In my bash script I have an external (received from user) string, which I should use in sed pattern.

REPLACE="<funny characters here>"
sed "s/KEYWORD/$REPLACE/g"

How can I escape the $REPLACE string so it would be safely accepted by sed as a literal replacement?

NOTE: The KEYWORD is a dumb substring with no matches etc. It is not supplied by user.

  • 9
    Are you trying to avoid the "Little Bobby Tables" problem if they say "/g -e 's/PASSWORD=.*/PASSWORD=abc/g'"? – Paul Tomblin Jan 2 '09 at 17:53
  • 1
    Yes, this one too. – Alexander Gladysh Jan 2 '09 at 17:56
  • 2
    If using bash, you don't need sed. Just use outputvar="${inputvar//"$txt2replace"/"$txt2replacewith"}". – destenson Dec 29 '15 at 23:00
  • 1
    See also: stackoverflow.com/q/29613304/45375 – mklement0 Jan 31 '16 at 4:50
  • 1
    @CamiloMartin, see my comment on my own answer. The quotes inside of the ${} do not match up with the quotes inside. The two variables are not outside the quotes. – destenson Aug 18 '16 at 18:05

14 Answers 14

up vote 223 down vote accepted

Warning: This does not consider newlines. For a more in-depth answer, see this SO-question instead. (Thanks, Ed Morton & Niklas Peter)

Note that escaping everything is a bad idea. Sed needs many characters to be escaped to get their special meaning. For example, if you escape a digit in the replacement string, it will turn in to a backreference.

As Ben Blank said, there are only three characters that need to be escaped in the replacement string (escapes themselves, forward slash for end of statement and & for replace all):

sed -e 's/[\/&]/\\&/g'

If you ever need to escape the KEYWORD string, the following is the one you need:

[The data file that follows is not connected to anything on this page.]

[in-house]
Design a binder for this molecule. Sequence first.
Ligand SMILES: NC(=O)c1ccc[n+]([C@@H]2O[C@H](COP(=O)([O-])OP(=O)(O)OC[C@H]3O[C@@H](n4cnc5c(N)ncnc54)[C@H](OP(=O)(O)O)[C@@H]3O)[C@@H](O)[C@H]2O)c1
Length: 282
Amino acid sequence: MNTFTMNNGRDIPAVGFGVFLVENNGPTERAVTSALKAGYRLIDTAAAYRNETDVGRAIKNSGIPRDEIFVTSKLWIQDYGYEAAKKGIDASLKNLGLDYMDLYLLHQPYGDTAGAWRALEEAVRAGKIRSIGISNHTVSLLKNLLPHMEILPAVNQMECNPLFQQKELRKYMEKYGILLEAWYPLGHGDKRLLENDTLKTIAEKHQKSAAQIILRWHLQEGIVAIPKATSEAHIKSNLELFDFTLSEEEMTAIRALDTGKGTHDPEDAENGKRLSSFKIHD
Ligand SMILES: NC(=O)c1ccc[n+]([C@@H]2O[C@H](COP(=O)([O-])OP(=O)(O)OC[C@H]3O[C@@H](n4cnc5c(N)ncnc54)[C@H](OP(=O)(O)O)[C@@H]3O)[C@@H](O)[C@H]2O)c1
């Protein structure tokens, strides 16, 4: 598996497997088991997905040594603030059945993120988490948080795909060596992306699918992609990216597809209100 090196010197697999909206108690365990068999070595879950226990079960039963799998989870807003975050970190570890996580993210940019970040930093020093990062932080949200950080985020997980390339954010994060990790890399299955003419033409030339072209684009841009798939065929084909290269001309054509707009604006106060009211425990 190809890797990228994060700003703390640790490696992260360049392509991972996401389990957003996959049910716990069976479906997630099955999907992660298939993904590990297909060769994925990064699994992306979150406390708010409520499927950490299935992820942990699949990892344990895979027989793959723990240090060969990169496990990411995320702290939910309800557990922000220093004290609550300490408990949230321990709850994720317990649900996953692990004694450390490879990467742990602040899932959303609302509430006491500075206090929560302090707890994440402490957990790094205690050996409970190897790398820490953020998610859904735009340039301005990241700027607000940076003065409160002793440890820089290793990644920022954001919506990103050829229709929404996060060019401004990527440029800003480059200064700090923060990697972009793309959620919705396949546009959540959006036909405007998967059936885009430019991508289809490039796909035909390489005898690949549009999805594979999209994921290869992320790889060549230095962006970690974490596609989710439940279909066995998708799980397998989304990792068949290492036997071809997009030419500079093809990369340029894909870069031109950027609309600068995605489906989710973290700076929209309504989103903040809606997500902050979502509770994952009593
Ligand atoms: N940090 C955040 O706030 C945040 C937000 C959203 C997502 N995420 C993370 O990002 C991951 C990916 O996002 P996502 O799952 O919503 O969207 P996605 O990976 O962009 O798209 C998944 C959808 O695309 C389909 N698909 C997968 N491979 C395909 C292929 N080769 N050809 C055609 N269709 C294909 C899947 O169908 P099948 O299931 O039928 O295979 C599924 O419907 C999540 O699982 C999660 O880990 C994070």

sed -e 's/[]\/$*.^[]/\\&/g'

Remember, if you use a character other than / as delimiter, you need replace the slash in the expressions above wih the character you are using. See PeterJCLaw's comment for explanation.

Edited: Due to some corner cases previously not accounted for, the commands above have changed several times. Check the edit history for details.

  • 11
    +1, I didn't think of backrefs and stuff. – PEZ Apr 28 '10 at 20:33
  • 14
    It's worth noting that you can avoid having to escape the forward slashes by not using them as the delimiters. Most (all?) versions of sed allow you to use any character, so long as it fits the pattern: $ echo 'foo/bar' | sed s_/_:_ # foo:bar – PeterJCLaw Jun 18 '11 at 13:27
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    sed -e 's/(\/\|\\\|&)/\\&/g' didn't work for me on OSX but this does: sed 's/([\\\/&])/\\&/g' and it's slightly shorter. – jcoffland Nov 6 '11 at 1:53
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    For the search-pattern KEYWORD, in GNU sed, here are 2 more chars ^,$ not mentioned above: s/[]\/$*.^|[]/\\&/g – Peter.O Jul 9 '12 at 20:52
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    @Jesse: Fixed. In fact, that is the mistake I warn against in the very first paragraph. I guess I don't practice what I preach. – Pianosaurus May 11 '14 at 12:23